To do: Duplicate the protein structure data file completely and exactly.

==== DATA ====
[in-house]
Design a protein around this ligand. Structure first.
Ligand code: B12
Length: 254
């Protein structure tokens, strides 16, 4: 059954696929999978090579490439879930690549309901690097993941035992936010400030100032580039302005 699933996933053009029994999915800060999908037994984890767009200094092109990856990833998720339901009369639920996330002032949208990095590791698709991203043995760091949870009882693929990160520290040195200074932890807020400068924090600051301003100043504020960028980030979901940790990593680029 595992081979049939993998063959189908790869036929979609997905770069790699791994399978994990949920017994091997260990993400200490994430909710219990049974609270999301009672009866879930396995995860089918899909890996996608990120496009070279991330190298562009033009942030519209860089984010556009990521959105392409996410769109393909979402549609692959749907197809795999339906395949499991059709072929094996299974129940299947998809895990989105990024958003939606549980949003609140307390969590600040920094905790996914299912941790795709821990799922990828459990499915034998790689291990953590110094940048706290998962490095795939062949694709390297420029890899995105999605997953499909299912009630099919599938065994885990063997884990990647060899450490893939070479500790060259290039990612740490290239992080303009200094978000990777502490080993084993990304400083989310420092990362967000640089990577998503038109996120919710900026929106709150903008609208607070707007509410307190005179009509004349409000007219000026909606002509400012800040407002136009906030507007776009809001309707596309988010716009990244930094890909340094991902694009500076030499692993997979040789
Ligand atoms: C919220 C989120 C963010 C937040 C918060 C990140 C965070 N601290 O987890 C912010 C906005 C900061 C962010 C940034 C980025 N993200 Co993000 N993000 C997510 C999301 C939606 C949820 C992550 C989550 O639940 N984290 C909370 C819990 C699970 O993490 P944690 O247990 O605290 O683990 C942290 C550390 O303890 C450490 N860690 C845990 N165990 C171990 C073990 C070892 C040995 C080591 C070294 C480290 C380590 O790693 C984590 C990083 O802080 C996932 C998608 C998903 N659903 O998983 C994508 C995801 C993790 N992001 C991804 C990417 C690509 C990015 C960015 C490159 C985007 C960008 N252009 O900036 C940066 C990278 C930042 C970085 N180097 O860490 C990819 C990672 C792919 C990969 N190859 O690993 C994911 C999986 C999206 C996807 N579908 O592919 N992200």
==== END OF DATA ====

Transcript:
[in-house]
Design a protein around this ligand. Structure first.
Ligand code: B12
Length: 254
């Protein structure tokens, strides 16, 4: 059954696929999978090579490439879930690549309901690097993941035992936010400030100032580039302005 699933996933053009029994999915800060999908037994984890767009200094092109990856990833998720339901009369639920996330002032949208990095590791698709991203043995760091949870009882693929990160520290040195200074932890807020400068924090600051301003100043504020960028980030979901940790990593680029 595992081979049939993998063959189908790869036929979609997905770069790699791994399978994990949920017994091997260990993400200490994430909710219990049974609270999301009672009866879930396995995860089918899909890996996608990120496009070279991330190298562009033009942030519209860089984010556009990521959105392409996410769109393909979402549609692959749907197809795999339906395949499991059709072929094996299974129940299947998809895990989105990024958003939606549980949003609140307390969590600040920094905790996914299912941790795709821990799922990828459990499915034998790689291990953590110094940048706290998962490095795939062949694709390297420029890899995105999605997953499909299912009630099919599938065994885990063997884990990647060899450490893939070479500790060259290039990612740490290239992080303009200094978000990777502490080993084993990304400083989310420092990362967000640089990577998503038109996120919710900026929106709150903008609208607070707007509410307190005179009509004349409000007219000026909606002509400012800040407002136009906030507007776009809001309707596309988010716009990244930094890909340094991902694009500076030499692993997979040789
Ligand atoms: C919220 C989120 C963010 C937040 C918060 C990140 C965070 N601290 O987890 C912010 C906005 C900061 C962010 C940034 C980025 N993200 Co993000 N993000 C997510 C999301 C939606 C949820 C992550 C989550 O639940 N984290 C909370 C819990 C699970 O993490 P944690 O247990 O605290 O683990 C942290 C550390 O303890 C450490 N860690 C845990 N165990 C171990 C073990 C070892 C040995 C080591 C070294 C480290 C380590 O790693 C984590 C990083 O802080 C996932 C998608 C998903 N659903 O998983 C994508 C995801 C993790 N992001 C991804 C990417 C690509 C990015 C960015 C490159 C985007 C960008 N252009 O900036 C940066 C990278 C930042 C970085 N180097 O860490 C990819 C990672 C792919 C990969 N190859 O690993 C994911 C999986 C999206 C996807 N579908 O592919 N992200």